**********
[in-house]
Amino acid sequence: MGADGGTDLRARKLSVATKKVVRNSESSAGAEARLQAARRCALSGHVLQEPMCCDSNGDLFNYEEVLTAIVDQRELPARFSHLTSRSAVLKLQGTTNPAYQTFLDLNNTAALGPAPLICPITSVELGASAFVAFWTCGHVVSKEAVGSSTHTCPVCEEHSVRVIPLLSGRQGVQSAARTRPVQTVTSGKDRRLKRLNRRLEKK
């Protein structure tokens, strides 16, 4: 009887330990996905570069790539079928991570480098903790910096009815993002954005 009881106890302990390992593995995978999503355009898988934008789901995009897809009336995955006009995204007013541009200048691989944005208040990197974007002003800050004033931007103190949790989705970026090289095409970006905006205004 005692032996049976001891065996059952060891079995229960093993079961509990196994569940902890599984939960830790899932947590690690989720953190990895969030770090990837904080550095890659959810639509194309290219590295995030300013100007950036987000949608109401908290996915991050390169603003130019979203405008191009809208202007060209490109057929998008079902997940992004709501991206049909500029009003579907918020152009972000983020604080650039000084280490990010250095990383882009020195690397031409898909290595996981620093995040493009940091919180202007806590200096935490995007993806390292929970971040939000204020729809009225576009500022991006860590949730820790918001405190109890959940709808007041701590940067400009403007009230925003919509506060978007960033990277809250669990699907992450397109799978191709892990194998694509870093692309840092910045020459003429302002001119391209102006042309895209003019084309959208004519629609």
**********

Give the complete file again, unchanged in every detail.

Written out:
[in-house]
Amino acid sequence: MGADGGTDLRARKLSVATKKVVRNSESSAGAEARLQAARRCALSGHVLQEPMCCDSNGDLFNYEEVLTAIVDQRELPARFSHLTSRSAVLKLQGTTNPAYQTFLDLNNTAALGPAPLICPITSVELGASAFVAFWTCGHVVSKEAVGSSTHTCPVCEEHSVRVIPLLSGRQGVQSAARTRPVQTVTSGKDRRLKRLNRRLEKK
């Protein structure tokens, strides 16, 4: 009887330990996905570069790539079928991570480098903790910096009815993002954005 009881106890302990390992593995995978999503355009898988934008789901995009897809009336995955006009995204007013541009200048691989944005208040990197974007002003800050004033931007103190949790989705970026090289095409970006905006205004 005692032996049976001891065996059952060891079995229960093993079961509990196994569940902890599984939960830790899932947590690690989720953190990895969030770090990837904080550095890659959810639509194309290219590295995030300013100007950036987000949608109401908290996915991050390169603003130019979203405008191009809208202007060209490109057929998008079902997940992004709501991206049909500029009003579907918020152009972000983020604080650039000084280490990010250095990383882009020195690397031409898909290595996981620093995040493009940091919180202007806590200096935490995007993806390292929970971040939000204020729809009225576009500022991006860590949730820790918001405190109890959940709808007041701590940067400009403007009230925003919509506060978007960033990277809250669990699907992450397109799978191709892990194998694509870093692309840092910045020459003429302002001119391209102006042309895209003019084309959208004519629609």